Pink slips may await some Pennsylvania public universities
HARRISBURG, Pa. — In the coming months, some of the schools in Pennsylvania’s 14-university system of higher education may get pink slips.
Dropping post-recession enrollments, financial struggles at some system schools and unwillingness by the state to come to the rescue is driving an exploration that could result in recommendations that some of the schools shut their doors.
Such closings are relatively unheard of among state university systems, although they may become more common amid dropping higher education enrollments nationwide and state aid languishing below pre-recession levels.
In Pennsylvania, closing universities has the potential to become a hot issue. The universities date back more than a century, drive local economies and carry a mission to provide low-cost education.
“A lot of that town is based on that school being there,” Sen. Randy Vulakovich, R-Allegheny, said of struggling Clarion University during a two-hour Appropriations Committee hearing Thursday with state system officials. “What if you close Clarion? Everything revolves around that campus.”
Pennsylvania State System of Higher Education officials plan in the coming weeks to hire a consultant to give recommendations that could include consolidating degree programs, revamping marketing and shuttering schools.
Such struggles are being felt across the Rust Belt and Northeast, said Thomas Harnisch of the American Association of State Colleges and Universities, but also in Kansas, where dropping enrollments are spurring a search for ways to get more high school graduates to stay in-state. In Georgia, the state university system is pursuing a five-year plan to merge eight public colleges into four following cuts in state aid.
Pennsylvania’s university system is suffering from dropping in-state high school graduations, a result of fewer school-age youth, and similarly deep cuts in state aid over the past eight years. The system is also at a disadvantage with many campuses in relatively rural areas trying to compete with urban powerhouses such as Temple University or the University of Pittsburgh, or Penn State and its satellite campuses.
Through hours of testimony before the House and Senate appropriations committees Thursday, system Chancellor Frank Brogan told lawmakers that the network of schools must undergo changes to improve its long-term viability and financial stability.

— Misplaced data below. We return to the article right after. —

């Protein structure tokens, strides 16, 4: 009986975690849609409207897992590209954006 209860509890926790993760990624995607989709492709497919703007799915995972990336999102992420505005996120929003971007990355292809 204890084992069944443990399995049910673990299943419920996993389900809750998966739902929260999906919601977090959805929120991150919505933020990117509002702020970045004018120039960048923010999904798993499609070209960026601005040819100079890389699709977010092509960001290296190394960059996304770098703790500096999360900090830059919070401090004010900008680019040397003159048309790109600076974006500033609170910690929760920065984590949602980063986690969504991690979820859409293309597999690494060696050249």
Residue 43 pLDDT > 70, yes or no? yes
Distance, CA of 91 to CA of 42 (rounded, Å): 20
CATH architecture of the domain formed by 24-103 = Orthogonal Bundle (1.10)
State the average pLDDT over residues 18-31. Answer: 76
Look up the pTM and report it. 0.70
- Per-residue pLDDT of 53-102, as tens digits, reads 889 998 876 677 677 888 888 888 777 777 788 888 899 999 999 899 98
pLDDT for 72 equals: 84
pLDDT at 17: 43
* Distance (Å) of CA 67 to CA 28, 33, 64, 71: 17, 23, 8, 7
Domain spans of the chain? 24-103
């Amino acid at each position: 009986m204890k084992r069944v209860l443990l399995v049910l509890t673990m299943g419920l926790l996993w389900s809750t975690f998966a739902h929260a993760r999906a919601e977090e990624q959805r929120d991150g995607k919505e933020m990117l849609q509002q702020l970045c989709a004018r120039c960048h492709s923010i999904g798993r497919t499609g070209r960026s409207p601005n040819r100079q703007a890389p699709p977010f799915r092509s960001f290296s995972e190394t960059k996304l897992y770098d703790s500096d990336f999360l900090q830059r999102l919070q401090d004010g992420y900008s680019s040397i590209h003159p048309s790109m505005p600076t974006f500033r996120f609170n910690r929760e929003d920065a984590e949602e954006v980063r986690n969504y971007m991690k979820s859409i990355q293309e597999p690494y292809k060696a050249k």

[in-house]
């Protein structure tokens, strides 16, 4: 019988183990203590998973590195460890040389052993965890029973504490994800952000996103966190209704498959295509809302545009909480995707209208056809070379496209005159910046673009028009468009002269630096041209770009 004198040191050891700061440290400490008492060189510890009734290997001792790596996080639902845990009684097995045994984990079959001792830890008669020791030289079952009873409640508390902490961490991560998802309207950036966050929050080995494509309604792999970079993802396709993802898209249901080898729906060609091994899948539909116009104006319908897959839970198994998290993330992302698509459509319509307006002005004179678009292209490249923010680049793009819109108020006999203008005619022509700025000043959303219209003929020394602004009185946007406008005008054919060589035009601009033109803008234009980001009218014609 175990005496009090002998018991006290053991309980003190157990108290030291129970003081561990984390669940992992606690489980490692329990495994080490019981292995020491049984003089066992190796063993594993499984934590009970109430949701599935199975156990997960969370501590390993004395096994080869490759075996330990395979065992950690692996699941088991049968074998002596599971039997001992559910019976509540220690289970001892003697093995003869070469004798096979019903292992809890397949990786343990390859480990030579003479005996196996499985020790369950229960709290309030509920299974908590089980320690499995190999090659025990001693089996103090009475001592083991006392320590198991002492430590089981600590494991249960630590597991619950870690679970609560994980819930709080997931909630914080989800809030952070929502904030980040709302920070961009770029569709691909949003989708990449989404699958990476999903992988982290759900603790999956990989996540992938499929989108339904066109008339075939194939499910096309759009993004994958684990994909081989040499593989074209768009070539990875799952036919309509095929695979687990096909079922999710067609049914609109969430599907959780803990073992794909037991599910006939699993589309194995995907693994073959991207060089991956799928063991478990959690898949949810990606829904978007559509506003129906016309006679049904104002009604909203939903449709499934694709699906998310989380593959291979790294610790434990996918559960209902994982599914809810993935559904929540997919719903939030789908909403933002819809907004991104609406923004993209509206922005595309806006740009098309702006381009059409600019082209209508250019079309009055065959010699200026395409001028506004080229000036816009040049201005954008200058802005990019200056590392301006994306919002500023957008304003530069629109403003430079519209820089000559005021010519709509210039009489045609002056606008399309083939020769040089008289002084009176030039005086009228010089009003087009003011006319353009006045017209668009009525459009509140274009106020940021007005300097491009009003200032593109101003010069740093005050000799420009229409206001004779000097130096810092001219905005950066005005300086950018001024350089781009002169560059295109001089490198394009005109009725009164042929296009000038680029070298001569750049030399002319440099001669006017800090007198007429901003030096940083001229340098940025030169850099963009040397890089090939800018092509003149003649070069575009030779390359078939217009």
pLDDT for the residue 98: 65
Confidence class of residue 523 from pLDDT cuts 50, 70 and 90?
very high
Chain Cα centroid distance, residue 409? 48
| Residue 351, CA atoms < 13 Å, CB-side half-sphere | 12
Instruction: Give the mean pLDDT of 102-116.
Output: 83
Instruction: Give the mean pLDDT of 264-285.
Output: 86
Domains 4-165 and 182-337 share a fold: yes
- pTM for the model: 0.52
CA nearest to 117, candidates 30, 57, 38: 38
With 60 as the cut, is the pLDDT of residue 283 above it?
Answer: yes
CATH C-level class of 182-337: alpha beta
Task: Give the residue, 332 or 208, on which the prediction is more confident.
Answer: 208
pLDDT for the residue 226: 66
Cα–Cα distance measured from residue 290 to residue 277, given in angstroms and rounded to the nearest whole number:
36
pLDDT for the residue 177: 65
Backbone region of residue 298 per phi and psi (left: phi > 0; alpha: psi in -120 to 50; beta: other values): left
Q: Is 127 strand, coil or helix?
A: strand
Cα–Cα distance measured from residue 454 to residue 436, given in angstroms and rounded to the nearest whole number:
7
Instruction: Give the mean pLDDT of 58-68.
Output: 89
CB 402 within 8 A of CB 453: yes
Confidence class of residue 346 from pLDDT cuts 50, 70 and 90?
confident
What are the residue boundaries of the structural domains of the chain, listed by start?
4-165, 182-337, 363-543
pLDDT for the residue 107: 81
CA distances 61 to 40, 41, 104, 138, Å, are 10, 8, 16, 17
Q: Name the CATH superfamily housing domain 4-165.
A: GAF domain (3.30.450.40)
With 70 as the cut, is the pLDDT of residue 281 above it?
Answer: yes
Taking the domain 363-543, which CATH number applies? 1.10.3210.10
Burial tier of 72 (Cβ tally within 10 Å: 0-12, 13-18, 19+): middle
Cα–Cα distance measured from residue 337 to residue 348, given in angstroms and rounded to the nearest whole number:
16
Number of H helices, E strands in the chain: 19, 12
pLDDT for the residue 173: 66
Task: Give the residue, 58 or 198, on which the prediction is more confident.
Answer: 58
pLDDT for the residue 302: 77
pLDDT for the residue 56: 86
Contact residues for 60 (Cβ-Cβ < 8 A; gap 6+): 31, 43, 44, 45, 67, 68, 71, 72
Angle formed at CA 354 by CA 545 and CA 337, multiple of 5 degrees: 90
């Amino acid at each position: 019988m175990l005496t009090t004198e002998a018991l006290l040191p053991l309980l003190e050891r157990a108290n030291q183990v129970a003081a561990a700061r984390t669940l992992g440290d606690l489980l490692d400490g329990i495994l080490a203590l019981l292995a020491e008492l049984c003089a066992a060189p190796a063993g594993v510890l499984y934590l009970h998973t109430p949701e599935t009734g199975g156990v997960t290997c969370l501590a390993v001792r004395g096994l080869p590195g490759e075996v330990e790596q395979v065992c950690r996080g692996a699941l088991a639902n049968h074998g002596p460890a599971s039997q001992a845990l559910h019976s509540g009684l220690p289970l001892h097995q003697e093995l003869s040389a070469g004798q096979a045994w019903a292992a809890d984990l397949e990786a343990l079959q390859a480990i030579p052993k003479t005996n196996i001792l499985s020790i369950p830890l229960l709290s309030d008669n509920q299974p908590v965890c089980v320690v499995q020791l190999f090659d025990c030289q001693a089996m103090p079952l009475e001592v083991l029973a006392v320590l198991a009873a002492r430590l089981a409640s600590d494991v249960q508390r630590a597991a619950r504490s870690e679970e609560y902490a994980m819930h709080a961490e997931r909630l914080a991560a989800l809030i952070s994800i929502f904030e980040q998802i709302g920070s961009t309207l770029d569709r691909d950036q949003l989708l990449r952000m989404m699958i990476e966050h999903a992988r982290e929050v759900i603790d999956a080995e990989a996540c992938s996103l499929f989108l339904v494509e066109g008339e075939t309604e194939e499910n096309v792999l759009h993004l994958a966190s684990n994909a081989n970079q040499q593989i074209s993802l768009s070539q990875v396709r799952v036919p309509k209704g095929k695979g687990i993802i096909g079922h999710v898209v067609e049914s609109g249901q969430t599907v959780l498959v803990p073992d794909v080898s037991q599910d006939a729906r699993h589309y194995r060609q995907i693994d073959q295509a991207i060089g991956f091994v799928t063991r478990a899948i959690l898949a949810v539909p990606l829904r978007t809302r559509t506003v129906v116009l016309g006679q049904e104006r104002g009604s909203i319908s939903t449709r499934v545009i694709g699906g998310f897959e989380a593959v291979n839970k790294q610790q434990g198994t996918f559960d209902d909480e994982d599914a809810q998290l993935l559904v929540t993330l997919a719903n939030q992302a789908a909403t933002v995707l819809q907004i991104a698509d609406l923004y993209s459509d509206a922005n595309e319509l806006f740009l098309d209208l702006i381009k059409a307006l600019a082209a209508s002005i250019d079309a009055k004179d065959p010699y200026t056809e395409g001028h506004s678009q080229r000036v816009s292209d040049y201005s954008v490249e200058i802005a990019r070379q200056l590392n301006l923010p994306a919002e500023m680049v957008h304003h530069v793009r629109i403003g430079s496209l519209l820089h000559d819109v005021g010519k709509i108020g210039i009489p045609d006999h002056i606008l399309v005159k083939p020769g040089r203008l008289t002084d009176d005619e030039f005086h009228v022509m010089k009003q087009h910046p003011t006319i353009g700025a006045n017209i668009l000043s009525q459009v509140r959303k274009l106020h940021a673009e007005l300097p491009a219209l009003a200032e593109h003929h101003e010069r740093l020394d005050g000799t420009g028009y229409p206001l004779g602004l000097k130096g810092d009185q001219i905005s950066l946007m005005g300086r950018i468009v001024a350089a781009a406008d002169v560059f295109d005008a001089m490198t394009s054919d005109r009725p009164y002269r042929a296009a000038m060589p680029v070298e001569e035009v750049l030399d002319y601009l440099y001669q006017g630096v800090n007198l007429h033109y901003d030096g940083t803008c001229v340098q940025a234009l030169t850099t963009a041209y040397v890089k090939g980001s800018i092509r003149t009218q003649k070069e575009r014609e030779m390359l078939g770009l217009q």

That could put a target on the backs of some of Pennsylvania’s more rural and smaller universities where enrollments are dropping the most, including Mansfield, Edinboro and Clarion, as well as the nation’s first historically black college, Cheyney University, in suburban Philadelphia.
Overall, the system’s enrollment is down 5 percent over the last decade to 104,000, but 12 percent since enrollment peaked in 2010. Only West Chester University in growing Chester County has seen rising enrollment since the peak, with an eye-popping 17 percent growth. Cheyney has lost more than half its student body, Mansfield has lost more than one-third and Clarion and Edinboro weren’t far behind.
In several years since then, state aid was down as much as 20 percent from its 2008-09 peak, and remains at 1999 levels. It is a dramatic change for a system that began in 1983 with the state footing two-thirds of the university budgets. Now, the state provides a quarter of university budgets, with the rest from tuition and fees. In the last eight years alone, the average cost to attend a system school has risen 50 percent, according to an analysis of system figures.
Republican lawmakers asked pointed questions Thursday about the systems’ costs of employee salaries and benefits. Sen. Gene Yaw, R-Lycoming, suggested that hiring a consultant was simply delaying tough decisions about the size of the system.
“I think you know what needs to be done,” Yaw told Brogan, who previously served as chancellor of the State University System of Florida.
Still, Democrats defended the mission of the schools as too important to downsize, and Sen. Vincent Hughes, D-Philadelphia, blamed the system’s struggles on stingy state budgeting.
“When we stop investing the money, the students don’t come,” Hughes told Brogan. “When we invest the money, students attend.”
Afterward, the president of the state universities’ faculty union, Ken Mash, warned that the state risks abandoning the mission of boosting the upward mobility of Pennsylvanians of modest means.
“If we’re talking about closing them down or consolidating, what harm are we doing to students?” Mash asked. “Why are we treating this generation differently than the ones that came before?”
Follow Marc Levy on Twitter at www.twitter.com/timelywriter. His work can be found at http://bigstory.ap.org/author/marc-levy.